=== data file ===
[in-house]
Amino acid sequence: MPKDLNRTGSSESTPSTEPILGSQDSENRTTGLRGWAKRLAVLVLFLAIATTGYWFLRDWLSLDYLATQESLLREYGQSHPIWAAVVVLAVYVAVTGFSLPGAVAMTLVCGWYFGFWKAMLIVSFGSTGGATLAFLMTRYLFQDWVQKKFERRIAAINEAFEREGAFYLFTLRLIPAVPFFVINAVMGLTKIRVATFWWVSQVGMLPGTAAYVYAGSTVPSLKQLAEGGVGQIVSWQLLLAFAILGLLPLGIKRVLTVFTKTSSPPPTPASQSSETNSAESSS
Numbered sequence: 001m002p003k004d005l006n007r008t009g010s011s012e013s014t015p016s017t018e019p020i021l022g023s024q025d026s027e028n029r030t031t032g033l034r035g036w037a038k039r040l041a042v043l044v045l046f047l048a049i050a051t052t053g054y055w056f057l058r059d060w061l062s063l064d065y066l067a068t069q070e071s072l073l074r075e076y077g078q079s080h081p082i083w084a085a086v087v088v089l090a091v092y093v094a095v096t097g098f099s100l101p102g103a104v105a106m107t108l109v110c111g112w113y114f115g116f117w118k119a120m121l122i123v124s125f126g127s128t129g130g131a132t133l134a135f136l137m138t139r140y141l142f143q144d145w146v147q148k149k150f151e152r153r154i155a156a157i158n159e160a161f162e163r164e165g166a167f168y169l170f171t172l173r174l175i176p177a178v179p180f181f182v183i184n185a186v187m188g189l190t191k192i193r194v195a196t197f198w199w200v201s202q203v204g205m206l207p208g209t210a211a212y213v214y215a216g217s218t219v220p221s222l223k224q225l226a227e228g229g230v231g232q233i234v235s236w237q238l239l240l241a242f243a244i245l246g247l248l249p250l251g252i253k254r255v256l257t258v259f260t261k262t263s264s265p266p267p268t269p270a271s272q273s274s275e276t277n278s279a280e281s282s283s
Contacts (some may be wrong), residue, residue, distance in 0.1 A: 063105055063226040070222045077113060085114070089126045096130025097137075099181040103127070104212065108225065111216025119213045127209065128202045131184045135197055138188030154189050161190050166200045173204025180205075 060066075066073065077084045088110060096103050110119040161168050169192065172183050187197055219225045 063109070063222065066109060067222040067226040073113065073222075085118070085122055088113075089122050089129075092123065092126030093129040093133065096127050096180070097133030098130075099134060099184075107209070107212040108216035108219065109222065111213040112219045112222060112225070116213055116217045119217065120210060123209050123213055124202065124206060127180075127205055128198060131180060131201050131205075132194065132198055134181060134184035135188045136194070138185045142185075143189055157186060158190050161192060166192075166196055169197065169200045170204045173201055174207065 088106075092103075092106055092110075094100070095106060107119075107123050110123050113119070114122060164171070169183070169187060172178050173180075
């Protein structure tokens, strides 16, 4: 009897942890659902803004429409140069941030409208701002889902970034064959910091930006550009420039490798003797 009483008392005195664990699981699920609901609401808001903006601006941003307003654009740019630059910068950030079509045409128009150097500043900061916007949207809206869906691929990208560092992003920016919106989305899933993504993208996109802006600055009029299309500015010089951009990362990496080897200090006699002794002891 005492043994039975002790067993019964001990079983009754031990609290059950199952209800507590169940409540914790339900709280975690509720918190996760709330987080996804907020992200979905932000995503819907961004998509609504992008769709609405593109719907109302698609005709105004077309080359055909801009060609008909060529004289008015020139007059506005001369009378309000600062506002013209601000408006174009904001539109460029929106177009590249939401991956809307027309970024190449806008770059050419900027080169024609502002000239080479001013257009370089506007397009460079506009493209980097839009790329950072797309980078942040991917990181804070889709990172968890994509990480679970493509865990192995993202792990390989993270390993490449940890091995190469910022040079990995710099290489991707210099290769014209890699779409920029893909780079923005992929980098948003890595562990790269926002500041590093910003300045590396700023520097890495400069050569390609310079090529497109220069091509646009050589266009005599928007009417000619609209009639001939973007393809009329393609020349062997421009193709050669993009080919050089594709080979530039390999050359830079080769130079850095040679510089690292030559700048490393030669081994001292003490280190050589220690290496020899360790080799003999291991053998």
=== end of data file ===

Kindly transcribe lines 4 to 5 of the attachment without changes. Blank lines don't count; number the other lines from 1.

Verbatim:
Contacts (some may be wrong), residue, residue, distance in 0.1 A: 063105055063226040070222045077113060085114070089126045096130025097137075099181040103127070104212065108225065111216025119213045127209065128202045131184045135197055138188030154189050161190050166200045173204025180205075 060066075066073065077084045088110060096103050110119040161168050169192065172183050187197055219225045 063109070063222065066109060067222040067226040073113065073222075085118070085122055088113075089122050089129075092123065092126030093129040093133065096127050096180070097133030098130075099134060099184075107209070107212040108216035108219065109222065111213040112219045112222060112225070116213055116217045119217065120210060123209050123213055124202065124206060127180075127205055128198060131180060131201050131205075132194065132198055134181060134184035135188045136194070138185045142185075143189055157186060158190050161192060166192075166196055169197065169200045170204045173201055174207065 088106075092103075092106055092110075094100070095106060107119075107123050110123050113119070114122060164171070169183070169187060172178050173180075
């Protein structure tokens, strides 16, 4: 009897942890659902803004429409140069941030409208701002889902970034064959910091930006550009420039490798003797 009483008392005195664990699981699920609901609401808001903006601006941003307003654009740019630059910068950030079509045409128009150097500043900061916007949207809206869906691929990208560092992003920016919106989305899933993504993208996109802006600055009029299309500015010089951009990362990496080897200090006699002794002891 005492043994039975002790067993019964001990079983009754031990609290059950199952209800507590169940409540914790339900709280975690509720918190996760709330987080996804907020992200979905932000995503819907961004998509609504992008769709609405593109719907109302698609005709105004077309080359055909801009060609008909060529004289008015020139007059506005001369009378309000600062506002013209601000408006174009904001539109460029929106177009590249939401991956809307027309970024190449806008770059050419900027080169024609502002000239080479001013257009370089506007397009460079506009493209980097839009790329950072797309980078942040991917990181804070889709990172968890994509990480679970493509865990192995993202792990390989993270390993490449940890091995190469910022040079990995710099290489991707210099290769014209890699779409920029893909780079923005992929980098948003890595562990790269926002500041590093910003300045590396700023520097890495400069050569390609310079090529497109220069091509646009050589266009005599928007009417000619609209009639001939973007393809009329393609020349062997421009193709050669993009080919050089594709080979530039390999050359830079080769130079850095040679510089690292030559700048490393030669081994001292003490280190050589220690290496020899360790080799003999291991053998």